Statistics NZ have recently launched He hauā Māori: Findings from the 2013 Disability Survey that shows that while many disabled Māori enjoy good levels of material well-being and quality of life, overall they tend to fare worse than non-disabled Māori.
“Most disabled Māori were participating in the labour force, but they had a high unemployment rate of 17 percent,” labour market and household statistics manager Diane Ramsay said.
“Disabled Māori also tended to have lower incomes than other Māori, with a quarter saying their household income was not sufficient to meet their everyday needs.
“This type of information is critical in promoting understanding of the issues faced by disabled Māori, and in monitoring progress towards the goal of the Māori Disability Action Plan, Whāia Te Ao Mārama, to improve the quality of life for disabled Māori.”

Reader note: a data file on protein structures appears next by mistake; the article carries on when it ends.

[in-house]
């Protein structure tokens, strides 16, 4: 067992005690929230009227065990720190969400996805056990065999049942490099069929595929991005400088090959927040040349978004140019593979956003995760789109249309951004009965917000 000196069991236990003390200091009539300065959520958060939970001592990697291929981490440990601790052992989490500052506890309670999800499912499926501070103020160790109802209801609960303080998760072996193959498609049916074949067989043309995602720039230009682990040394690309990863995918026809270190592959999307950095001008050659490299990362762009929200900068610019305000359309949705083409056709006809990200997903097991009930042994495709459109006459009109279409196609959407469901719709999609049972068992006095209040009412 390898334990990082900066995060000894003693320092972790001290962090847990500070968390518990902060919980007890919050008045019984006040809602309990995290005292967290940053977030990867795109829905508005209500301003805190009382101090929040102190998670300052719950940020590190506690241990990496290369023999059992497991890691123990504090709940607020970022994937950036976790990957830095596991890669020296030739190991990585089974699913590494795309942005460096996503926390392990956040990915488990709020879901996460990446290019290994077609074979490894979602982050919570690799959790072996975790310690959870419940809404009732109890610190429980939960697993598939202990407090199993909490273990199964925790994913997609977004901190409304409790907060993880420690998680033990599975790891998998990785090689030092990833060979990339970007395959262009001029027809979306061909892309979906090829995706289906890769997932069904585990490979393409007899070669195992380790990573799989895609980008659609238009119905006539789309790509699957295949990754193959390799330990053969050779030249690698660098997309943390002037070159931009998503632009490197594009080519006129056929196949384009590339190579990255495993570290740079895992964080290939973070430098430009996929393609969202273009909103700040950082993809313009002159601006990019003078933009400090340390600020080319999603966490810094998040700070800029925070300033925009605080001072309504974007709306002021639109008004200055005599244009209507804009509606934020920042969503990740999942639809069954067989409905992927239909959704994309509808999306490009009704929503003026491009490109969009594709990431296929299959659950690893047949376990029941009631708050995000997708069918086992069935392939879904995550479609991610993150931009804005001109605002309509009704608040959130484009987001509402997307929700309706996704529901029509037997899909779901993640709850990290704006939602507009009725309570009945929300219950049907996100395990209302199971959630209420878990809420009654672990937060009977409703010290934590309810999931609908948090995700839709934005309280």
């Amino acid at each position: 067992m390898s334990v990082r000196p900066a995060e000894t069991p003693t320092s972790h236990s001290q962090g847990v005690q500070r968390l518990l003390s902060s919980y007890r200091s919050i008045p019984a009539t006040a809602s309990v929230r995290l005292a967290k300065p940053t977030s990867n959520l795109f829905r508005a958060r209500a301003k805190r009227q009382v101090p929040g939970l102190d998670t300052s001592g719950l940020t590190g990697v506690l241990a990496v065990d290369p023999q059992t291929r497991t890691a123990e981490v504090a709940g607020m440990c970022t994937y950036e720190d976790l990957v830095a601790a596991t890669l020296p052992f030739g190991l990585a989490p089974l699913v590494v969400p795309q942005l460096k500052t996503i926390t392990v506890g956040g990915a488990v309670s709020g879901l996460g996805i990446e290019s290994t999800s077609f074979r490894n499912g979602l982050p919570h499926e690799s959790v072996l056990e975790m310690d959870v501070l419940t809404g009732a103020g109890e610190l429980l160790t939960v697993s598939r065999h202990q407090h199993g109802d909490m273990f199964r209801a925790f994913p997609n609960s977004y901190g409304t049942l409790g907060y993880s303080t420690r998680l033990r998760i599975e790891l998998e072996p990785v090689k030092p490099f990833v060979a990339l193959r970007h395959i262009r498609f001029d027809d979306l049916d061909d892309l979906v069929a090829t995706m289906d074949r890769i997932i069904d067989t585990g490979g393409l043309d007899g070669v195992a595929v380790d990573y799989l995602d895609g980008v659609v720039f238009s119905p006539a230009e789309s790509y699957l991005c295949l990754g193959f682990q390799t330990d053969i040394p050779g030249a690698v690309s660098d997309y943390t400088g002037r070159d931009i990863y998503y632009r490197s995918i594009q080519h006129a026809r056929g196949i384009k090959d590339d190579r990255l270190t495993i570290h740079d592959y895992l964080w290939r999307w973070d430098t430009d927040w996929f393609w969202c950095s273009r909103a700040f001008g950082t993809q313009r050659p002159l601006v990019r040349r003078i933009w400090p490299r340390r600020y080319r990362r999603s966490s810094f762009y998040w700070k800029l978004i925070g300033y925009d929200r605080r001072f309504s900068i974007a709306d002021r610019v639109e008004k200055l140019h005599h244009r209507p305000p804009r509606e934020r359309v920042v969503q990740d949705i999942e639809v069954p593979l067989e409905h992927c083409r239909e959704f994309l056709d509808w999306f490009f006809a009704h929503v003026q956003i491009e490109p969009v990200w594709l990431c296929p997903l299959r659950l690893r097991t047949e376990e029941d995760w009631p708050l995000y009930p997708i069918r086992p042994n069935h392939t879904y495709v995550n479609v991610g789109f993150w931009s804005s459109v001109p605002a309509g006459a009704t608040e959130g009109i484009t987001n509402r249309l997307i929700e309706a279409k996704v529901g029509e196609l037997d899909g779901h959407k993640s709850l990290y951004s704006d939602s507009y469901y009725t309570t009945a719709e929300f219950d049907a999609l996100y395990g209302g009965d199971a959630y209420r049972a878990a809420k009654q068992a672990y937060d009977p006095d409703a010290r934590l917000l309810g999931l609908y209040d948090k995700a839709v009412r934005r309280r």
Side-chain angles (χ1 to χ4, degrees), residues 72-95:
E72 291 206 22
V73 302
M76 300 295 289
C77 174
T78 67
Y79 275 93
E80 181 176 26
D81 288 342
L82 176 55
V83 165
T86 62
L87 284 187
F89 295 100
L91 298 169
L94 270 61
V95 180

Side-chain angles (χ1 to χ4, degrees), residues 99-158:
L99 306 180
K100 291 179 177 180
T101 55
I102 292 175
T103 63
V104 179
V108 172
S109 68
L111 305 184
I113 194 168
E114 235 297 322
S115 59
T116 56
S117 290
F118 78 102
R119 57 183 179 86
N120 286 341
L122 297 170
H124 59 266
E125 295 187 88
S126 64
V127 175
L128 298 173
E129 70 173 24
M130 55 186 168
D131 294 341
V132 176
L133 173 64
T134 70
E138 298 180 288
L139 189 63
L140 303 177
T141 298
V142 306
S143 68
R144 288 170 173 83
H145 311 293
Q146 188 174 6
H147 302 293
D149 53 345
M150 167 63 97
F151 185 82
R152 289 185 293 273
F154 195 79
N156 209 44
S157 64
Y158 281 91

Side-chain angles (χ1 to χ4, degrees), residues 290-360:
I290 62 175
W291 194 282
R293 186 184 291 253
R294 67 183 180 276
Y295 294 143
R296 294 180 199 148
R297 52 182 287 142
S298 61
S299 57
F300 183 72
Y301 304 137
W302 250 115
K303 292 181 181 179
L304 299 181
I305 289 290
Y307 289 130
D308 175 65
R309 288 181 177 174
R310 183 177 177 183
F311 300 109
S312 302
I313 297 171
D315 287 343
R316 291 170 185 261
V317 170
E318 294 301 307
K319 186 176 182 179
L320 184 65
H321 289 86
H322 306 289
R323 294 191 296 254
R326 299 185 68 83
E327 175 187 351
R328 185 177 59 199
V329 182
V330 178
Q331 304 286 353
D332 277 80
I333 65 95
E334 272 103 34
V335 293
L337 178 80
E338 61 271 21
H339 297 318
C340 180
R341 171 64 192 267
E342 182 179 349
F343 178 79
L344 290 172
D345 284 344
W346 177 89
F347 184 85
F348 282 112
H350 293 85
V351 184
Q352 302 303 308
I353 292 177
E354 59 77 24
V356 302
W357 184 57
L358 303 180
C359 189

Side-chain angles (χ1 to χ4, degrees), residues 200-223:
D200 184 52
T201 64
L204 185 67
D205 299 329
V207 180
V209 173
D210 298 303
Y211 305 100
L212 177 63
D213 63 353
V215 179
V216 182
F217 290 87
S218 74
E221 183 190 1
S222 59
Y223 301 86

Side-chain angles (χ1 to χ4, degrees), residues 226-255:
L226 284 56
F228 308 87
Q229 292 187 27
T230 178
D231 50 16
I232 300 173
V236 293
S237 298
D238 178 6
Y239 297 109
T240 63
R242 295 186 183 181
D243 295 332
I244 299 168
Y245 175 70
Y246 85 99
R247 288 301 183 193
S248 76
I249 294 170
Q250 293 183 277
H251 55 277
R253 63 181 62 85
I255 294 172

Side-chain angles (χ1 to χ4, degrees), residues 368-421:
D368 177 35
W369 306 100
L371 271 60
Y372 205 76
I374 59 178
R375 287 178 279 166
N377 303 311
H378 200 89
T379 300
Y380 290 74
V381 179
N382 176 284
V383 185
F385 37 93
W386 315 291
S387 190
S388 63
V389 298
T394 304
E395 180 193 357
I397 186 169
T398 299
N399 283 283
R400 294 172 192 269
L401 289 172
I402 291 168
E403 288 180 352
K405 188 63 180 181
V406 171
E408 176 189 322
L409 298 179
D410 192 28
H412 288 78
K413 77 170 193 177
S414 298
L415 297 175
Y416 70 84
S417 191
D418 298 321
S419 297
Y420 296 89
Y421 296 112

The survey also found disabled Māori were more likely than other Māori to have problems with their housing, such as cold or damp living conditions.
“Despite these issues, most disabled Māori felt positively about their lives,” Ms Ramsay said. “Most were happy with the amount of social contact they had, felt safe in their communities, and rated their health as good or better.”
When asked to rate their overall life satisfaction on a scale of 0–10, almost half rated it at 8 or higher. However, this was lower than the 7 out of 10 non-disabled Māori who rated their life satisfaction at this level.
He hauā Māori: Findings from the 2013 Disability Survey – report